THE KIDS ARE ALRIGHT | Crew of “inordinately poised” freshmen shouldering the load for LSU in Omaha

By JAMES MORAN | Tiger Rag Associate Editor

OMAHA, Neb. — It just doesn’t surprise Paul Mainieri anymore.

Not that Josh Smith belted a long home run out of TD Ameritrade Park and drove in two runs as LSU upended Oregon State, 3-1, on Friday afternoon.

Not that Zach Watson has gone 8-for-12 over the past three games at the College World Series to take over as the team’s leading hitter at .327.

Not even that Zack Hess, cultivating a near cult hero status here in Omaha, has saved each of LSU’s three wins while striking out eight of the 11 batters he’s faced.

“We have very inordinately poised freshmen,” the LSU coach said Friday. “I don’t think there’s any stage that’s too big for them. I think they’re all very level-headed kids that are bright. They love the game. They take on to coaching. And they believe in themselves and they go out there and perform and it’s a wonderful thing to see.

“Makes me feel pretty good about our future.”

Their collective contributions are a big reason why LSU is still standing in the present, too.

LSU will play winner-take-all rematch with the mighty Beavers some time Saturday with a trip to the College World Series Finals hanging in the balance.

Veteran rotation mates Alex Lange and Jared Poche’ twirled gems on Friday and Wednesday, respectively, to get LSU to this point, but the Tigers wouldn’t still be standing were it not for the heroics of those in-name-only rookies.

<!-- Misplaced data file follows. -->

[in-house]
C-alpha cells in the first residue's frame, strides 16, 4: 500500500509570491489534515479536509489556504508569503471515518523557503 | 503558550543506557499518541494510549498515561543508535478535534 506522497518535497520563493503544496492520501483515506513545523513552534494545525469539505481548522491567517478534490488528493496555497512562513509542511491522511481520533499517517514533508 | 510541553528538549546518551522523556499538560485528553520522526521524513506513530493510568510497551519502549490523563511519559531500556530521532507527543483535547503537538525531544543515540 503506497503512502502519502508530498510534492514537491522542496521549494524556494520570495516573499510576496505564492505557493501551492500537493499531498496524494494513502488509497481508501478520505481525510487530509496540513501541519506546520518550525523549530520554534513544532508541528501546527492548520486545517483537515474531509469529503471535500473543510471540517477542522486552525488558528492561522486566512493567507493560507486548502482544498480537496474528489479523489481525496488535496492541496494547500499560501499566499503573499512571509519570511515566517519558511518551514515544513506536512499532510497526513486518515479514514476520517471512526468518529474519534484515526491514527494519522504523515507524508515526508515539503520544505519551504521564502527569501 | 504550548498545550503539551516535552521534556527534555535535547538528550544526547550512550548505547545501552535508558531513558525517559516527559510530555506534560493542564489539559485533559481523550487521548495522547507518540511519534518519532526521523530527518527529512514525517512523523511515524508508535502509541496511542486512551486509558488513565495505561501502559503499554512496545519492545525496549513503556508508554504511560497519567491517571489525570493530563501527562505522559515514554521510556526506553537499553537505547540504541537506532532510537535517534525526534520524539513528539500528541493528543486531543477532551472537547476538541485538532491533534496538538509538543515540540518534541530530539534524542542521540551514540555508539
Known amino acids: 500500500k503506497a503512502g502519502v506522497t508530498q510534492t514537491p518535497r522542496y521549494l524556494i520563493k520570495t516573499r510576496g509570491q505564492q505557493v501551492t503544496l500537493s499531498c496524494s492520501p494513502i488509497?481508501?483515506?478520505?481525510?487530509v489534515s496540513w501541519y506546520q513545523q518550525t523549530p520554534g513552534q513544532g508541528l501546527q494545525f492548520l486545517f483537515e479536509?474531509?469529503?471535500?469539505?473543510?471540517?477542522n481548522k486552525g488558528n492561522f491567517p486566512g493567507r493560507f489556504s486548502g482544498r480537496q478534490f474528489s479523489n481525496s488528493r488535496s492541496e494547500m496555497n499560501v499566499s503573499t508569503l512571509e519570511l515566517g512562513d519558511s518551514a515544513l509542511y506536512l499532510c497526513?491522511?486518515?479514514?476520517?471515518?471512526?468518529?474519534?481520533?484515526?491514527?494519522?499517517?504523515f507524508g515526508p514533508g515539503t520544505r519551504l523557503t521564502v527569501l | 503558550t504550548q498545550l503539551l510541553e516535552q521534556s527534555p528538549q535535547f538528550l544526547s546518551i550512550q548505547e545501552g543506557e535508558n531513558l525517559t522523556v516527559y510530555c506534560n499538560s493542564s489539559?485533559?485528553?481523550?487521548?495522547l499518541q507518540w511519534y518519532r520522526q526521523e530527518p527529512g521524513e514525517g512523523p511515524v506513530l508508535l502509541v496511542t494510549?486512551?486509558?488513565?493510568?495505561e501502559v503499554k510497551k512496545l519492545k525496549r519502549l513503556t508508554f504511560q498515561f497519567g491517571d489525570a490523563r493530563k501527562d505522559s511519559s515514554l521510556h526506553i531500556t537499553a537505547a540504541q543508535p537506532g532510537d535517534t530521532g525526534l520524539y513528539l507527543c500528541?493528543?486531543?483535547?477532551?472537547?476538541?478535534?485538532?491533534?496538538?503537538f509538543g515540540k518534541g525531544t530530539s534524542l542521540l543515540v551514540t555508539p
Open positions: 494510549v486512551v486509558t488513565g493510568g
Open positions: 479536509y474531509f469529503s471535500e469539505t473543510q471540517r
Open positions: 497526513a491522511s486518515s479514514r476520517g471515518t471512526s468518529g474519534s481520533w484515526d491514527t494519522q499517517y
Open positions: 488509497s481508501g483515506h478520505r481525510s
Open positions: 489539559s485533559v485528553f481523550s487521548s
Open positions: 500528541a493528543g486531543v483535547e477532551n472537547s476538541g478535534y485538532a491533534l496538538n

Watson and Smith each singled as LSU jumped out ahead with two runs in the second inning. Smith, schooled by LSU hitting coach Micah Gibbs, ambushed a first-pitch fastball in the seventh inning to provide a needed insurance run.

“I finally didn’t hit the warning track,” Smith smiled to reporters as the team made its way to the locker room after the game.

That allowed Hess to turn off the lights with a dominant five-out save in relief of Lange. He struck out four of the five men he faced, blowing 96-97 mph heat past a host of All-Americans. The other out, a lazy fly ball to left, marked the first time someone put a Hess offering in play here in Omaha.

What allows these freshmen to perform on the biggest stage college baseball has to offer? According to their coach, it’s the fact that they’re just used to the spotlight at this point.

“If they were going to crack under the pressure, they would have done it long before now,” Mainieri said. “Coming out here we had confidence they would do well. They really have done well.”

It’s a good thing, too.

The excellence of LSU’s underclassmen has allowed the Tigers to survive less-than-stellar showings from the veterans who’d done so much just to get the team to this point.

Shortstop Kramer Robertson, the team’s unquestioned leader, is just 1-for-18 in Omaha. The top four hitters in the order have driven in just three runs between them in four College World Series games.

“We need Kramer, Cole (Freeman), Greg (Deichmann), we need all those veteran players to play, go out there and get it done tomorrow or our season’s going to come to an end,” Mainieri said bluntly when asked about the exploits of his freshmen.

That may be true, but for tonight, the kids are doing alright shouldering a lion’s share the load on their own.

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James Moran
James Moran was Editor of Tiger Rag from August 2018 to October 2019. He previously served as the associate editor since 2014. He is a graduate of the LSU Manship School of Journalism.
About James Moran 1377 Articles
James Moran was Editor of Tiger Rag from August 2018 to October 2019. He previously served as the associate editor since 2014. He is a graduate of the LSU Manship School of Journalism.

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